However, certain exceptions apply to this general rule. The most important of these exceptions is where there has been fraud, misrepresentation or non-disclosure of material facts which resulted in the proper amount of tax not being assessed. In such circumstances, the prescription periods would not apply to the extent that a causal connection exists between the behaviour in question and the non-assessment of the tax.

Section 99 also makes provision for SARS and the taxpayer to agree to extend prescription prior to the expiry of the prescription period. In practice, taxpayers often agree with SARS to extend prescription in order to promote a cooperative relationship with SARS, it also allows audits to be finalised after a full and comprehensive airing of all views and to avoid the premature issue of assessments to avoid prescription. However, not all taxpayers adopt this cooperative approach and this has led SARS to introduce some amendments to the prescriptions rules. These amendments are discussed below.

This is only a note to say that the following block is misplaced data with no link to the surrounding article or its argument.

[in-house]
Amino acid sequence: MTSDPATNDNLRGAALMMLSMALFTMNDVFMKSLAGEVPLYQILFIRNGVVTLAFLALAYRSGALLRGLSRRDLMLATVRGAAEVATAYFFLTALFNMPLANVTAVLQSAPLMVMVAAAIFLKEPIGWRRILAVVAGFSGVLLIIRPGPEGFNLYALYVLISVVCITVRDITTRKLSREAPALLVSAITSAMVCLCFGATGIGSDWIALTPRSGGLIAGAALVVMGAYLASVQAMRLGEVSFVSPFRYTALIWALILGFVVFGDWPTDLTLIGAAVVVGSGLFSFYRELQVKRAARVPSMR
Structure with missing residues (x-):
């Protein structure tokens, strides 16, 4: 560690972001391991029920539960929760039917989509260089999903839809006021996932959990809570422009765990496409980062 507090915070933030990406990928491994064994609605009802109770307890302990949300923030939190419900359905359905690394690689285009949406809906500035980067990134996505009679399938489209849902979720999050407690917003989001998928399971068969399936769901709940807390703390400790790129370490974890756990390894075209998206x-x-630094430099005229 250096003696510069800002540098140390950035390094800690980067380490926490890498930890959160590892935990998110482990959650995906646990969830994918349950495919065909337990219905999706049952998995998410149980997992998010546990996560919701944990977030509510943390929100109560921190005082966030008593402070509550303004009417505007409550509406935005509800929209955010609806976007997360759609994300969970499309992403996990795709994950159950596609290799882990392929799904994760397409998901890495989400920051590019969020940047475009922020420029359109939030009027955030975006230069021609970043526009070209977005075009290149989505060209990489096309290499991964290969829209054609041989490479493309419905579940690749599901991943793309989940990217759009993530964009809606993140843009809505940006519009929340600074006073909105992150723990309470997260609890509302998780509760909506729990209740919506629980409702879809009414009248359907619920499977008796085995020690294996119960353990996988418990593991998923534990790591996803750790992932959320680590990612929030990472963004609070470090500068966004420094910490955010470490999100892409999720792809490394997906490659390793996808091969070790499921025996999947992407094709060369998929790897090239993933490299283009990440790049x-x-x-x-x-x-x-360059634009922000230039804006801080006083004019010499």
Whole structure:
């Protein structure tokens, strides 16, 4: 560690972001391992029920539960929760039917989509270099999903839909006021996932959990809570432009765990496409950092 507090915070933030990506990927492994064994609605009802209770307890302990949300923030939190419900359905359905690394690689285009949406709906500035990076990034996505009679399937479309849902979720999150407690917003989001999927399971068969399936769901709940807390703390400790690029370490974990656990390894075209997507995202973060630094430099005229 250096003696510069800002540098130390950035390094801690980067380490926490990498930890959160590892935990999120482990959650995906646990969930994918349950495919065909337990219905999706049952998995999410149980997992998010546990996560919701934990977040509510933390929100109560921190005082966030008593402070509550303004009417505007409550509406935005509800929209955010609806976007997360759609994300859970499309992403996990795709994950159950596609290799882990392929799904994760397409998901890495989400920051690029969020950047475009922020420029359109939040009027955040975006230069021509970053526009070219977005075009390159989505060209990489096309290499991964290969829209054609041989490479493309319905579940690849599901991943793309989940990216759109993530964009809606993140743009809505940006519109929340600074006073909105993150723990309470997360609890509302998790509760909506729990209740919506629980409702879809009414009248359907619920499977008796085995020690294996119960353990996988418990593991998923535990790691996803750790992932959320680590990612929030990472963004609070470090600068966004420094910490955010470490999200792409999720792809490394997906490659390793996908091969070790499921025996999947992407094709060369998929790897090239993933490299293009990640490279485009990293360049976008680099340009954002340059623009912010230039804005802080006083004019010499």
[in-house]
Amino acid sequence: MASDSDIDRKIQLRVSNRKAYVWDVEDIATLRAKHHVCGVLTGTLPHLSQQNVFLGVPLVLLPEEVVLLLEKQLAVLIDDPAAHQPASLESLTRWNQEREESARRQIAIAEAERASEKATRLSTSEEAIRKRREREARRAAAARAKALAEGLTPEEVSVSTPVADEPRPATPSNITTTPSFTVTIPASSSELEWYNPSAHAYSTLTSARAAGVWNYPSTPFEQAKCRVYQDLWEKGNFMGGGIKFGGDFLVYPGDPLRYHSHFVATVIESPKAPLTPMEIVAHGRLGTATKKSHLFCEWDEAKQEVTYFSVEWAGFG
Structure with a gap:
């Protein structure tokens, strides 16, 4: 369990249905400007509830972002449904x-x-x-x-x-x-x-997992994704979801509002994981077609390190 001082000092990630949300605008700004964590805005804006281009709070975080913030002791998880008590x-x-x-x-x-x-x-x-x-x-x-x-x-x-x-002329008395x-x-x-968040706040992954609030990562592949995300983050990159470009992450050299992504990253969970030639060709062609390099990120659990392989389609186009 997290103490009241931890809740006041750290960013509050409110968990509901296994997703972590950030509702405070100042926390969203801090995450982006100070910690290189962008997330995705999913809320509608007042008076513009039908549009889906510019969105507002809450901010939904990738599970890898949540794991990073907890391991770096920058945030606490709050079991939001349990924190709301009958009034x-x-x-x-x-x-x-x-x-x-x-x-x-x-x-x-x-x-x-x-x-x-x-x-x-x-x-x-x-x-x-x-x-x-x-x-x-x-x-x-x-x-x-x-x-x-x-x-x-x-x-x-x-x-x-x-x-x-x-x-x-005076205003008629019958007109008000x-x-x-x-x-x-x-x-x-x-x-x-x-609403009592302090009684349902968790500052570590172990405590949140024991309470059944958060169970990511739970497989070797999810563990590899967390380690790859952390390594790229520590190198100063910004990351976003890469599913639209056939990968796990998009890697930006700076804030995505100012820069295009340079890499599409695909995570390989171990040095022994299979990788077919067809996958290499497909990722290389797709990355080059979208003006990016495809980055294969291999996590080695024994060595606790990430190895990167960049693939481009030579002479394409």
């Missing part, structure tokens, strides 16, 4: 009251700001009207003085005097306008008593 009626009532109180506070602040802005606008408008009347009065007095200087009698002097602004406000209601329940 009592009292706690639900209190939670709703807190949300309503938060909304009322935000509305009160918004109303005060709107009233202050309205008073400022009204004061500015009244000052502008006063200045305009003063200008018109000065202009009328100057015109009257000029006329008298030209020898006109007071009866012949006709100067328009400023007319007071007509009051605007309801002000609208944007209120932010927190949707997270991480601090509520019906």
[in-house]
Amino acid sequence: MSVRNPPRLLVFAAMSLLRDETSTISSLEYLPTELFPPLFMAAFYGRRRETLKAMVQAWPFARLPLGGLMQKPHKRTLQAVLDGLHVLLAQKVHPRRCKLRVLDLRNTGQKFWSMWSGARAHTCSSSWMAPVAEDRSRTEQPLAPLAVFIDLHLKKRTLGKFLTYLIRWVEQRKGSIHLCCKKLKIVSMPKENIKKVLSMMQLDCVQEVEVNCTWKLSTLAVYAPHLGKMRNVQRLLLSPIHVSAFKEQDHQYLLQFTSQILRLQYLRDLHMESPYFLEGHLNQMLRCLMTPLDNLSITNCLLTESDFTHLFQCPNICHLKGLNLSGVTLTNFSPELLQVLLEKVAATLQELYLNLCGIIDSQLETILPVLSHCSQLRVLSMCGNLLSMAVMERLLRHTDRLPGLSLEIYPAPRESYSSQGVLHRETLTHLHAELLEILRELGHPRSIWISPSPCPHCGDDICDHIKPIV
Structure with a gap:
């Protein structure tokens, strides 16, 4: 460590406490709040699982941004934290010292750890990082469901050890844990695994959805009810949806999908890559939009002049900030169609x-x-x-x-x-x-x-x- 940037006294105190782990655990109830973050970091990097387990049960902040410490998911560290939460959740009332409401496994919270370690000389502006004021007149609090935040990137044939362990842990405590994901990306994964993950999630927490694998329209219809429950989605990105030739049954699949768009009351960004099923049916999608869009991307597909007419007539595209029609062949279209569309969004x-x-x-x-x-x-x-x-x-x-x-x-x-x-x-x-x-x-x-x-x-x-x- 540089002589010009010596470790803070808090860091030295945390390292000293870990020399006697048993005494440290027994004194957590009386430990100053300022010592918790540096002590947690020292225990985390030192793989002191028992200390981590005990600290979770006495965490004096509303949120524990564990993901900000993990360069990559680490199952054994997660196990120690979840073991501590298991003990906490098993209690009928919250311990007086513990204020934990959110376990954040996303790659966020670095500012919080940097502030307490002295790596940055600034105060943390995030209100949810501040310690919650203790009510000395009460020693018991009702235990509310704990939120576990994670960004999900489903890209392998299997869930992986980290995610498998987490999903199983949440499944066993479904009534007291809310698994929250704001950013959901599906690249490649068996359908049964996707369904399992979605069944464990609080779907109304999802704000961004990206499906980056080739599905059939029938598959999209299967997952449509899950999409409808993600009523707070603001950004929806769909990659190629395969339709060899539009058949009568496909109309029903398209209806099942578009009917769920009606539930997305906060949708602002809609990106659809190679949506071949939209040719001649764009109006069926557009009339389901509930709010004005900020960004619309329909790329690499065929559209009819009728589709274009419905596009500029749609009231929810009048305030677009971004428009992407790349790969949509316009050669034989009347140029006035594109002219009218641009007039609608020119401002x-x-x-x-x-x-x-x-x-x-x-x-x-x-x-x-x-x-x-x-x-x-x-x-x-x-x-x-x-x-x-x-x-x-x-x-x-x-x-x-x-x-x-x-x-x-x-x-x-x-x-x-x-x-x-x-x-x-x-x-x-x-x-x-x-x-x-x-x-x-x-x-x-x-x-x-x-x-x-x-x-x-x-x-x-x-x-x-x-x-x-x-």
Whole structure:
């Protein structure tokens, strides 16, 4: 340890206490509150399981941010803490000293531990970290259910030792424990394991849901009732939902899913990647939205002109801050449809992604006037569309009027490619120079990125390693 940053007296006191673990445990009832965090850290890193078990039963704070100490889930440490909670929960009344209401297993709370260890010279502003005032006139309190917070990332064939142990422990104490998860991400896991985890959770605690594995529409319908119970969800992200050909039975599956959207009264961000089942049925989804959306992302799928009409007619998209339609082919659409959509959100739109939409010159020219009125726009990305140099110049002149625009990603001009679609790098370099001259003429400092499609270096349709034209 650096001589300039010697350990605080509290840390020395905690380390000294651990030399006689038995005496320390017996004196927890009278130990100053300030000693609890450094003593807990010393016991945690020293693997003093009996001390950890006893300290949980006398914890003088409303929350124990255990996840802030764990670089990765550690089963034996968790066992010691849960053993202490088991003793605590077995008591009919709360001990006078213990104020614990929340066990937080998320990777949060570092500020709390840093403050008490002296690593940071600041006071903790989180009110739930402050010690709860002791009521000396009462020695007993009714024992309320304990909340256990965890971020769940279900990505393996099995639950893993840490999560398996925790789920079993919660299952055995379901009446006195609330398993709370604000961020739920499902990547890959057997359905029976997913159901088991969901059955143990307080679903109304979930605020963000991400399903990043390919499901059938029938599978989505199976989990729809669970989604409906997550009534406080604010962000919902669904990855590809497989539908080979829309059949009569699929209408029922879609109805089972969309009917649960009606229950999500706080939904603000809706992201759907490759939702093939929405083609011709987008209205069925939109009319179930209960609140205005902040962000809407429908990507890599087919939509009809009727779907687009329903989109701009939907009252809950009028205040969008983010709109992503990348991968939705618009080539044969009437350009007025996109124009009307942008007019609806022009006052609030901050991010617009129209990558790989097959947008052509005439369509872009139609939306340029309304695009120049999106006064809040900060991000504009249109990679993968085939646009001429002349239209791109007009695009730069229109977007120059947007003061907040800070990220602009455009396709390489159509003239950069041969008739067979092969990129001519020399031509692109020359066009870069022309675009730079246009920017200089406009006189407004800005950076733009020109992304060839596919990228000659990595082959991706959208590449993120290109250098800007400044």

Two key amendments were made to section 99 by the Tax Administration Laws Amendment Act, 2015. Both of these amendments allow SARS to extend the period of prescription in certain circumstances.

The first amendment comes in the form of the introduction of a new section 99(3). This provision allows SARS to extend prescription by a period approximate to a delay arising from a taxpayer failing to timeously provide information requested by SARS or in resolving a dispute over SARS’ entitlement to information. In order to invoke this provision, SARS must give the taxpayer at least 30 days prior notice before the expiry of the prescription period.